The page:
MEAD – Work to stabilize the troubled AltEn plant for the winter is ongoing as the Nebraska Department of Environment and Energy continues its review of a plan for cleaning up the biofuel operation that turned pesticide-treated seeds into ethanol.
The state completed its review of the 111-page plan before Christmas and returned it with comments to the AltEn Facility Response Group, a coalition of six seed industry giants that have taken responsibility for cleaning up the facility near Mead.
The public will get a chance to weigh in on the plan, but it›s unclear when. A public hearing date has not been set.
Meanwhile, work to prepare the site for the cold and snowy conditions of a Nebraska winter is continuing, the Department of Environment and Energy said in a Dec. 28 video posted to its YouTube channel.
“Our staff are on site at least three times a week monitoring conditions and site activities,” Department of Environment and Energy Director Jim Macy said in the video.
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Under the direction of NewFields, an environmental engineering and construction firm with its headquarters in Georgia, solids from an emergency lagoon have been removed and its synthetic liner has been repaired.
The emergency lagoon will be used to contain pesticide-laden thin stillage – a liquid byproduct of ethanol manufacturing – as well as manure and storm water from the twin digester tanks.
One of the two tanks burst during the February 2021 cold snap, releasing an estimated 4 million gallons of pesticide-contaminated slurry downstream, prompting emergency action from the state.
Tom Buell, division administrator for monitoring and remediation, said the relined emergency lagoon will ensure the liquids drained from the digesters are safely contained for the winter months, and will be closely watched to ensure they don’t exceed capacity.
The solids from the emergency lagoon were added to the wet cake pile on the northwest corner of the property, Buell said, where material from three separate wet cake piles was consolidated.
Over the next several weeks, work will be done to cover the wet cake pile with Posi-Shell, a mineral mortar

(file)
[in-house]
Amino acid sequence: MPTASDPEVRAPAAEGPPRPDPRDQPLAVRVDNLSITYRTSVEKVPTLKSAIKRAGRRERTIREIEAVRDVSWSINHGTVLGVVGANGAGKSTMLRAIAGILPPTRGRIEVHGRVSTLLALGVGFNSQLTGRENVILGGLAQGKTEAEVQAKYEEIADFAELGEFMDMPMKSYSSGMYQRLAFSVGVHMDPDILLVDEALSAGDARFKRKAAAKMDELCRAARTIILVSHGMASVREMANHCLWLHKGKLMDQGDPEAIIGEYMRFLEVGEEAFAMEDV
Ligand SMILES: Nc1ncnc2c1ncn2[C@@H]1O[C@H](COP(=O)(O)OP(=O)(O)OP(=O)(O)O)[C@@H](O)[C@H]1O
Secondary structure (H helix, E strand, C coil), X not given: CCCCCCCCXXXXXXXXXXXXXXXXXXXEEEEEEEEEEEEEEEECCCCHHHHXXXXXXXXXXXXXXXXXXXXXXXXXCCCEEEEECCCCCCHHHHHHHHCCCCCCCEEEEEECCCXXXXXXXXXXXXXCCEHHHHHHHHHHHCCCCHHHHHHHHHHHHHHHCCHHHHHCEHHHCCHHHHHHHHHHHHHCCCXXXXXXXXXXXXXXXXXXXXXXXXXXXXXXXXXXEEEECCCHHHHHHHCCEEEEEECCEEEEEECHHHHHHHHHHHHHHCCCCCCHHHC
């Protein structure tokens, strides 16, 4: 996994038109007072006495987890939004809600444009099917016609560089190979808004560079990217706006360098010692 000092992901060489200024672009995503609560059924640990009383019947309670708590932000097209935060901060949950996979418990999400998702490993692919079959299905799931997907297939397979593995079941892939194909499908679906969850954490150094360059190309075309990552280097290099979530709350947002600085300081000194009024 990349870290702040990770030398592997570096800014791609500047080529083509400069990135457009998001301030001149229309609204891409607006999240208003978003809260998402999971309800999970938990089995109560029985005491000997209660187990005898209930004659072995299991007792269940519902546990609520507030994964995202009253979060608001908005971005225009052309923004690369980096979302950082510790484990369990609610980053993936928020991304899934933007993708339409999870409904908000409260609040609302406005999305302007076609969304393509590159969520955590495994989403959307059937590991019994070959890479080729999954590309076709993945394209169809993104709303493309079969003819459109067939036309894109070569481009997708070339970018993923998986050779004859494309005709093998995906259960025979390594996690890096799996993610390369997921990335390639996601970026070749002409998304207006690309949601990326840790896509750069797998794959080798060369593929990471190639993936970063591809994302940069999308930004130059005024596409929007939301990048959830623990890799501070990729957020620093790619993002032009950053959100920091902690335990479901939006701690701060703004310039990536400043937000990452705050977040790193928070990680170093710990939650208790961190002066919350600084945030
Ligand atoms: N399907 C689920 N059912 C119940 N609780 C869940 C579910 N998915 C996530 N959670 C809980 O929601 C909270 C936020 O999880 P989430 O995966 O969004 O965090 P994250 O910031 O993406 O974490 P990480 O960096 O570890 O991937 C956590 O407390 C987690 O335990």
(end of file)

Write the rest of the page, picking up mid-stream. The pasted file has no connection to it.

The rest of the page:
similar to stucco made by LSC Environmental Products – material NewFields said could protect the pile until its disposal is complete.
Posi-Shell is applied as a spray and has been used to cover landfills, as erosion control, to contain airborne toxins after a wildfire, and at the World Trade Center following the Sept. 11 attacks.
According to the plan submitted by the AltEn Facility Response Group, the cover is expected to reduce odor from the rotting wet cake and minimize contact with stormwater, which previously has entered waterways running away from the site.
The plan also calls for installing a drainage system underneath the massive pile, which is expected to contain enough material to cover a football field at a depth of 150 feet, to collect any rain or snow that comes into contact with the pesticide-laden wet cake.
The wastewater collected by the drainage system will be pumped into the lagoons on the property until it can be treated, according to the plan.
In the YouTube video, Buell said work is also continuing on a new “treated water” lagoon system that will replace six temporary tanks that are currently holding 13 million gallons of treated wastewater.
Now under construction, the new lagoon system will be capable of holding as much as 52 million gallons of treated wastewater.
From there, according to documents available on the Environment Department’s website, the treated wastewater will likely be spread by irrigation systems onto selected fields near AltEn.
“The utilization of the treated water in these situations would allow uptake of the nutrients present in the water by corn or other vegetation,” a Dec. 10 proposal by NewFields states, “while placing any pesticide residues into an agricultural system where the pesticide active ingredients have registrations for comparable uses.”
The AltEn Facility Response Group is already in negotiations with landowners who live inside a 3-mile radius of the ethanol plant, the proposal states, with the seed companies indicating they would work with agronomists to monitor the rate of land application.
The seed companies have also proposed discharging the treated wastewater into the Platte River east of Yutan or Salt Creek near Ashland.